How is accelerometer technology used in fleets?
Businesses leverage fleet management technology to help understand where vehicles are, get insights into safety, and more. In fleet vehicle applications such as telematics, information from GPS and an accelerometer can be combined with video feeds and data from the engine computer to provide additional context and insight into a driver’s performance on the road. An accelerometer is just one of many sensors video telematics systems use to capture critical vehicle data. These systems might include multi-axis accelerometers for speed, acceleration, and deceleration, gyroscopes to detect rotation and orientation, and GPS to detect location.
In the event that a collision or near collision occurs, accelerometer data can reveal how fast a driver was going or if a driver was moving when they should be stopped, to provide more context into what happened before the incident. This information can provide much-needed evidence and all involved parties save money by determining fault more quickly.
When nothing is going wrong, accelerometer data is still important as part of a bigger picture that can help drivers identify their strong skills and their areas for improvement, helping enhance safety on an ongoing basis. Accelerometer data can be used in conjunction with machine vision and artificial intelligence (MV+AI) to detect risky behavior that the driver might not even be aware of.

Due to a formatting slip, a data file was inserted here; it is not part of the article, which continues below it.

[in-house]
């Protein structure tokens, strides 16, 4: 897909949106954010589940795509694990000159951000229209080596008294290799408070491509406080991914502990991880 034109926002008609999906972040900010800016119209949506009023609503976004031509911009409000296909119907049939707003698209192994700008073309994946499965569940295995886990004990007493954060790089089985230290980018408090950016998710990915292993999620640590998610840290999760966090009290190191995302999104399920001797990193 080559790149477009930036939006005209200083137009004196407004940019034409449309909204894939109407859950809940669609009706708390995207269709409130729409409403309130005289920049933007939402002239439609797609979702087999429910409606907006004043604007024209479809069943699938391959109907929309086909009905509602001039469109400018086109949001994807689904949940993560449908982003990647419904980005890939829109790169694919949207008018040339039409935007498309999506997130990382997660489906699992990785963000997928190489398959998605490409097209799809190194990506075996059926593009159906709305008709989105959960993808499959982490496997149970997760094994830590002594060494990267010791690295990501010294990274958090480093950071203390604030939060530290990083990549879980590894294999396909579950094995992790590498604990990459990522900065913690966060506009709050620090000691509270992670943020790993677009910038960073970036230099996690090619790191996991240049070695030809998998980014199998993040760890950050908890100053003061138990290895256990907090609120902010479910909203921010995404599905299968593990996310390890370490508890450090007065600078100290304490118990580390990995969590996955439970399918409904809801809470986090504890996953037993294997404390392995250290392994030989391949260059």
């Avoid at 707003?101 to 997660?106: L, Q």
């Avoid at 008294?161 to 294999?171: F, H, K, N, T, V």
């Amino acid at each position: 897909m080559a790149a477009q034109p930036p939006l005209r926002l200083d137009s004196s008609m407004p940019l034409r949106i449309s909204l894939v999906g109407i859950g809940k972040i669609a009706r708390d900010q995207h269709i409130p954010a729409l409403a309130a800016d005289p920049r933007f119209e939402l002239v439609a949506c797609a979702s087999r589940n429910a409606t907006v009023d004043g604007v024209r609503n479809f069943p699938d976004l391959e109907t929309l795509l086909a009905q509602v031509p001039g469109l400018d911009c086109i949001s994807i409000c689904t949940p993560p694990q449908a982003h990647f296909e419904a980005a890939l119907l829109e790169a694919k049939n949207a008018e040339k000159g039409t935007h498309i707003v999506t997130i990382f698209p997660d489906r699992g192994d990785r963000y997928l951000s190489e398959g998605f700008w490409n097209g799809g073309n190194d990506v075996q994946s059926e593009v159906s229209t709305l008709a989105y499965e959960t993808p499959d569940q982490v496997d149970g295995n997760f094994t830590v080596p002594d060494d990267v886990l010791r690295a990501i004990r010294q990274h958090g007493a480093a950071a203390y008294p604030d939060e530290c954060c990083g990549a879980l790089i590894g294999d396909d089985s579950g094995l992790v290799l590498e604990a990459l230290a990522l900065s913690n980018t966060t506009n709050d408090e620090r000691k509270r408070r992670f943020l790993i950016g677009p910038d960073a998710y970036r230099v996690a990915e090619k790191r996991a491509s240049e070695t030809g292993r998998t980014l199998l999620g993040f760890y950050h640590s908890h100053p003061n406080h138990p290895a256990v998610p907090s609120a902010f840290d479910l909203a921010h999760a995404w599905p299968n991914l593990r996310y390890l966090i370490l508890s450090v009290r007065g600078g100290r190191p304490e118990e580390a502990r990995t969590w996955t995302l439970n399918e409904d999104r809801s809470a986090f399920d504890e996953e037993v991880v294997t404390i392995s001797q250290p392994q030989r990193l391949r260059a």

Take Lytx’s “rolling stop trigger” for example. If a driver rolls through a stop sign, the camera lens uses machine vision to detect that there was a stop sign ahead, and the accelerometer informs the AI that the driver never stopped. The MV+AI technology can then flag this moment as a risky event. Having this level of insight into what is happening on the road helps drivers learn more about their own habits and learn how to refine their skills.
Even the best drivers can benefit from the added information an accelerometer provides. For example, accelerometer data combined with MV+AI can determine that a seemingly risky behavior was actually an evasive maneuver, or can help alert a fleet manager that a driver needs assistance.
Take Advantage of Accelerometer Data With Lytx
An accelerometer is an important part of a full video telematics system for fleet applications, which use the accelerometer data to trigger video capture of incidents and events that occur on the road.
MV+AI provides additional context, augmenting accelerometer data, and working to detect and identify risky behaviors before an incident occurs. Video capture gives fleet managers the power to see what is going on in fleet vehicles in real time or review events later. With Lytx video telematics systems, you can access comprehensive real-time information about your fleet and drivers over high-speed wireless or cellular networks.
To learn more about how Lytx can provide insight into your fleet, schedule a demo.